He is reported to have concluded by urging European privacy commissioners, and the EU, 'to reject private agreements between European and Canadian industrialists and even to withold recognition of the CSA Model Code as adequate protection, given its voluntary status'[53]. He says that any European acceptance of such a standard will only encourage those in Canada who regard privacy legislation as 'useless and artificial' and unnecessary if the Code suffices for the EU[54]. Federal Canadian Privacy Commissioner Bruce Phillips is advocating the national adoption of the legislation based on Québec's Act. The battle lines are drawn in Canada.

4.5. Implications for countries without 'adequate' laws

Bennett is skeptical about the extent to which data users can rely on A26[55]:

Clearly, there is sufficient latitude in the directive for North American data users to convince their European counterparts that a combination of contracts and 'professional rules' (ie codes of practice) and security measures affords 'adequate' data protection. But this does anticipate a series of case-by-case battles, and favoured treatment for the larger multinationals that can afford to fight for their interests.

Companies in countries such as Australia or Canada will have to choose whether to support the development of 'adequate' local privacy laws, or to rely on a transaction by transaction basis on either (i) coming within an A25 mandatory exemption or (ii) convincing a European national authority, or the EU authorities (see below) that they can offer 'sufficient guarantees' for that transaction.

4.6. The mechanisms for decisions concerning `adequate protection'

Decision and notification by a Member State

In the first instance, it is the laws of Member States of the EU that must provide that transfers may only take place to third countries with an adequate level of protection (A25(1)), and it is a decision by an authority in the Member State which prohibits the transfer. Member States must inform the EU Commission where they consider that an importing third country does not ensure an adequate level of protection (and vice versa) (A25(3)). This notification requirement applies even if the data transfer is allowed under an A26(1) exception, or an A26(2) authorisation because of 'sufficient guarantees'.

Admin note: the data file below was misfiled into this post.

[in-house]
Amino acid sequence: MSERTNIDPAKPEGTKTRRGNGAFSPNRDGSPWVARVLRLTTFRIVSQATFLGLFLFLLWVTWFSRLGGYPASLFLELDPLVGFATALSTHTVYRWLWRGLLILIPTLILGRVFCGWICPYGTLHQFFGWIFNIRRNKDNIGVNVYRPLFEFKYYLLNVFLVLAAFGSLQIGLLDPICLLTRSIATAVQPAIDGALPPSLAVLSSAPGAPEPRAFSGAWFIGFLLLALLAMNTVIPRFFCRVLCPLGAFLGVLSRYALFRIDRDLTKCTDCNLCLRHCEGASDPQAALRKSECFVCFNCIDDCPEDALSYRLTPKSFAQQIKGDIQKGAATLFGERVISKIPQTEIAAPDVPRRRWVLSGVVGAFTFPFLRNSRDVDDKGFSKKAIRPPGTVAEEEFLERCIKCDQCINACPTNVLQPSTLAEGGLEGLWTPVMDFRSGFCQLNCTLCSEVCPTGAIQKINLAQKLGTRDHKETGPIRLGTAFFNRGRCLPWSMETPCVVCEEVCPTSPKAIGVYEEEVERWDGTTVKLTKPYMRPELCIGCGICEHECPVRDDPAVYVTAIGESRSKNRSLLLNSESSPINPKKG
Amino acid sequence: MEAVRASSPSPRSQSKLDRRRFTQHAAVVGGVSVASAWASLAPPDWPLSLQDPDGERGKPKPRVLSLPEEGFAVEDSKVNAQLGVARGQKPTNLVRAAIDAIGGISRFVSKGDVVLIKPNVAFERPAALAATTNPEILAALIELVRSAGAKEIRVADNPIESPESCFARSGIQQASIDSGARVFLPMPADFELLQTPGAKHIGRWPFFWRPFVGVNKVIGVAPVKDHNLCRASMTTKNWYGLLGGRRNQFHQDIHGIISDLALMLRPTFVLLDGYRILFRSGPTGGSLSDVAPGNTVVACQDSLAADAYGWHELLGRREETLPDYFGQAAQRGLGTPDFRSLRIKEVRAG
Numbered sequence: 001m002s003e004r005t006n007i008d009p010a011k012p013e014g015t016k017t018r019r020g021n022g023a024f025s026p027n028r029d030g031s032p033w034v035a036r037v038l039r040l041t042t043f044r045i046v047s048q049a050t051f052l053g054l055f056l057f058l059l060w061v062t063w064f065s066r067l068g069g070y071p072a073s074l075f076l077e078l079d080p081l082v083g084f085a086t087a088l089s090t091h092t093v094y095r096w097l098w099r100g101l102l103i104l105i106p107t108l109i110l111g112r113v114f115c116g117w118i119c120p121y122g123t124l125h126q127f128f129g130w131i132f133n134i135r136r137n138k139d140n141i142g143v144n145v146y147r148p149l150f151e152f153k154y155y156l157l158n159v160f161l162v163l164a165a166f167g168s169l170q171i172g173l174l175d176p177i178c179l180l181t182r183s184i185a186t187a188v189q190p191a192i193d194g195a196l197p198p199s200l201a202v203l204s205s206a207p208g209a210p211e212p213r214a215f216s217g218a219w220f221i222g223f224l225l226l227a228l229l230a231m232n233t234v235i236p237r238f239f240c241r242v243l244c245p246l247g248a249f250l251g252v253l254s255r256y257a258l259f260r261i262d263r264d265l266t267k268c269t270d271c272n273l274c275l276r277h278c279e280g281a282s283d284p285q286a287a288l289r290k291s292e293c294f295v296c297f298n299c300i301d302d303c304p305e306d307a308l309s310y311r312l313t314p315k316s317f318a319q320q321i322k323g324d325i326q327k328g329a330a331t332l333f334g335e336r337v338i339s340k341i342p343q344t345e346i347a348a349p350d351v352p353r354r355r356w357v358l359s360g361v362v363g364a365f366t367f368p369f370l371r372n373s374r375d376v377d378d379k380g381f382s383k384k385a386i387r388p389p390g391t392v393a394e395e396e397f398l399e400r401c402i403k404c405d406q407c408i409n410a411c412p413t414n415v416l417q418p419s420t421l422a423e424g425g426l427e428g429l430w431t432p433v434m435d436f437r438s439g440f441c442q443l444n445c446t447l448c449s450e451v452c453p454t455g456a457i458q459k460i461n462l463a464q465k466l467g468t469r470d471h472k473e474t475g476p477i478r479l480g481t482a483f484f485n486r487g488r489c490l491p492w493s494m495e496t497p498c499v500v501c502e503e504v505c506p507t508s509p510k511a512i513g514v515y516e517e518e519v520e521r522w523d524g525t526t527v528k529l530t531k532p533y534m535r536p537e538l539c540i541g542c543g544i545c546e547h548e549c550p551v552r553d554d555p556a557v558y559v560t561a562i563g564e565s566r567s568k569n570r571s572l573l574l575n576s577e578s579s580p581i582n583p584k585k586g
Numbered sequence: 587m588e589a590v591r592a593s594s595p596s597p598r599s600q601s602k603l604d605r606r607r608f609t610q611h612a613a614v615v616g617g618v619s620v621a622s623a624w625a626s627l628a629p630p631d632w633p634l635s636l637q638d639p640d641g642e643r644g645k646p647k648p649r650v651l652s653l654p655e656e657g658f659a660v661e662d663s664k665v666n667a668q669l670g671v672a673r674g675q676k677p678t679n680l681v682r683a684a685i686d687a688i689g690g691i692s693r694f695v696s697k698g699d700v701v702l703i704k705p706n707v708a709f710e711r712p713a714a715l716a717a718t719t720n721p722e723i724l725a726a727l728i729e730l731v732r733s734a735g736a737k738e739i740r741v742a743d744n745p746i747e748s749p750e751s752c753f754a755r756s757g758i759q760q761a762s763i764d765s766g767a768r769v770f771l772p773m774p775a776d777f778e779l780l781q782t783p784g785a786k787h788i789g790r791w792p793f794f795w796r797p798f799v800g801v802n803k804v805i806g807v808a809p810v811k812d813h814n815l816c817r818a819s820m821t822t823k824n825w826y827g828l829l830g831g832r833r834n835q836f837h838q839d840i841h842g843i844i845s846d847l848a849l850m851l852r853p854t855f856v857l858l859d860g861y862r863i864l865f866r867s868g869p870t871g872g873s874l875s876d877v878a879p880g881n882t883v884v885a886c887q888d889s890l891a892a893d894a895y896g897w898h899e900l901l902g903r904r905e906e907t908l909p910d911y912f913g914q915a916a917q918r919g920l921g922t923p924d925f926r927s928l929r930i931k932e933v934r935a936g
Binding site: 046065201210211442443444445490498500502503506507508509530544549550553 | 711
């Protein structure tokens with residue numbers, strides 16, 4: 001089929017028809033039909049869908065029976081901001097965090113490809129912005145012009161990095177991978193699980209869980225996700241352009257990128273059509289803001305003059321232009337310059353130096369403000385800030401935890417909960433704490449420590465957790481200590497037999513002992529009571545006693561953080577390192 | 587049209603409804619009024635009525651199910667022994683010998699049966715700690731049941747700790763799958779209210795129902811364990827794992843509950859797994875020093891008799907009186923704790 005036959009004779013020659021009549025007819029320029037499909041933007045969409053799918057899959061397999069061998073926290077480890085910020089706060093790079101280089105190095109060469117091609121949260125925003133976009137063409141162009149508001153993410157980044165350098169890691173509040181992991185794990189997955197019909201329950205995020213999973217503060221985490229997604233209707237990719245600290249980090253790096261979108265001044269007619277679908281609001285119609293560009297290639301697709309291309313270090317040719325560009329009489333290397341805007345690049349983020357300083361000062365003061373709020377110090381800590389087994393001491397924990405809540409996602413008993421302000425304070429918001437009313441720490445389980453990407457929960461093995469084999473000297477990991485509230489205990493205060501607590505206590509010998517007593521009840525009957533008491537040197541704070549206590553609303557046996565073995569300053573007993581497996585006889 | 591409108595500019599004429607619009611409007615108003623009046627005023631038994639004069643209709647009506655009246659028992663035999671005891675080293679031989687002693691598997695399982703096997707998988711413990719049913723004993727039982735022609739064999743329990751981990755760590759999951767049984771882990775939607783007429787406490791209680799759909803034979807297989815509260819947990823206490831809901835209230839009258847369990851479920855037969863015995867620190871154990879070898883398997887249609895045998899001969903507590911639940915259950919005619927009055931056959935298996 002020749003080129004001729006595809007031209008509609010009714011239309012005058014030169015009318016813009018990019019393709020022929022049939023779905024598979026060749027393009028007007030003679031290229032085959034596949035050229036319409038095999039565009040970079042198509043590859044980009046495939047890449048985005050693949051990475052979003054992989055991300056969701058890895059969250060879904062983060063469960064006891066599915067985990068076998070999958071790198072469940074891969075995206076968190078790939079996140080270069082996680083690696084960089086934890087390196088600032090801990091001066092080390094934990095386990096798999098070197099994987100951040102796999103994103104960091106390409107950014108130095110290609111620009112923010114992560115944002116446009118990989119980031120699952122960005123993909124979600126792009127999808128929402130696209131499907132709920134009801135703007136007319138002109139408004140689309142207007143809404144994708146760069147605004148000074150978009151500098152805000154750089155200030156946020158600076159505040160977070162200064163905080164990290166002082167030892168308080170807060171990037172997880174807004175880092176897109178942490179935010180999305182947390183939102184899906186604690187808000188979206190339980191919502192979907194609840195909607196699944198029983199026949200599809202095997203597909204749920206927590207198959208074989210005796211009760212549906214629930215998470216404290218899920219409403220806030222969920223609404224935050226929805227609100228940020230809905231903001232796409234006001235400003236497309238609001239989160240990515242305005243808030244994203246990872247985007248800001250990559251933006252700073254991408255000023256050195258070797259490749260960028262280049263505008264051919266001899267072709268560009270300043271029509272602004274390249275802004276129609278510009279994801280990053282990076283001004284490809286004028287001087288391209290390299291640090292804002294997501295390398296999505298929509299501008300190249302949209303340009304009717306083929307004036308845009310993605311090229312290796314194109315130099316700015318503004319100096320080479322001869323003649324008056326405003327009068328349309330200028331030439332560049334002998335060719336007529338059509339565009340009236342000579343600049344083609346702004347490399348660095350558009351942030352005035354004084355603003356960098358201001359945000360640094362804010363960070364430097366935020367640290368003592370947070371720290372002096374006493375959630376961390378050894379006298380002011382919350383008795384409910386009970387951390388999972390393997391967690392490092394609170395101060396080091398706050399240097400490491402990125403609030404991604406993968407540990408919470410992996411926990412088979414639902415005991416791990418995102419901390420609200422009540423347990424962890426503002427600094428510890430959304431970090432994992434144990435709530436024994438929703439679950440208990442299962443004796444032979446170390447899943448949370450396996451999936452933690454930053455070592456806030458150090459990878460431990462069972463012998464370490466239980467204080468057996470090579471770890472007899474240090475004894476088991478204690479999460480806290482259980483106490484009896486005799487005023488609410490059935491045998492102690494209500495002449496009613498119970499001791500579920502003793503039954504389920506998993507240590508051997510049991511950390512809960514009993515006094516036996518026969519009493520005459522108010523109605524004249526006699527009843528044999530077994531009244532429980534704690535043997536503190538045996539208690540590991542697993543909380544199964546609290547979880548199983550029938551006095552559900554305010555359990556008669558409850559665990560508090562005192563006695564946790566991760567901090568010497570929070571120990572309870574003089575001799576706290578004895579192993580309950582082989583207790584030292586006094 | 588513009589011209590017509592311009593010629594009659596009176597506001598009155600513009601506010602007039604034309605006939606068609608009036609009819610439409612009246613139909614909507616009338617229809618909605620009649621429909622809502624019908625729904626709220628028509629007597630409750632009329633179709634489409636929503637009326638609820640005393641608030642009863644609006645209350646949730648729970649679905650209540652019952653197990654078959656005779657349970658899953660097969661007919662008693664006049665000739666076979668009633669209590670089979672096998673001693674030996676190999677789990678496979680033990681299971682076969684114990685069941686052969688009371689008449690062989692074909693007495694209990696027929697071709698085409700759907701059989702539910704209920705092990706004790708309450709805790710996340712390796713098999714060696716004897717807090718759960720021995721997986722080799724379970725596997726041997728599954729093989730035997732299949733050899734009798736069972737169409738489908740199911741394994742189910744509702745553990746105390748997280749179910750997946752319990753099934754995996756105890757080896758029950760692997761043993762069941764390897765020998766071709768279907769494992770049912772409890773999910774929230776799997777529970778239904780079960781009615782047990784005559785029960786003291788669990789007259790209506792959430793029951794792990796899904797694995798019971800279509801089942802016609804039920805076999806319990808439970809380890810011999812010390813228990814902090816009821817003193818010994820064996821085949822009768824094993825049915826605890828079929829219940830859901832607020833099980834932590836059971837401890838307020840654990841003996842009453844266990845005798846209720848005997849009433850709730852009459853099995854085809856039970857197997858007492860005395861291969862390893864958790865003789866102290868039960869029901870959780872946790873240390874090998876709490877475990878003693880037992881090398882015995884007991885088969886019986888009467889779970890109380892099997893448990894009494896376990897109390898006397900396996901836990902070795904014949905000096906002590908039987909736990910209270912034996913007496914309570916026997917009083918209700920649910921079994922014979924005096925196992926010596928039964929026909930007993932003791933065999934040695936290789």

Decisions by the Committee on adequacy

As explained above in relation to supra-national enforcement of the Directive as a whole, it is the Committee of Member State representatives that decides whether to accept the draft measures proposed by the Commission (A31(2)). The Commission, with the Committee's approval, is therefore able to set a Europe-wide standard for acceptance of transfers to specific third countries[56]. The position is therefore, that Member States make any decisions to prohibit transfers, but the Committee can over-ride such decisions.

'Complaints' about adequacy

Even though it is the Committee that makes the decisions, it is still the Commission that must be first convinced to propose action against a third country, so it is important to ask how claims of 'inadequacy' can be brought to the Commission's attention. Member States are obliged to do so in the course of considering transfers to third countries (A25(3)). The Working Party of supervisory authorities is required to produce an annual report which covers the level of protection in third countries, so the Commission would receive official notification that way. As might be expected, the Commission is reported to the likely to initiate its own studies of the laws and codes of the EU's more important non-EU trading partners[57].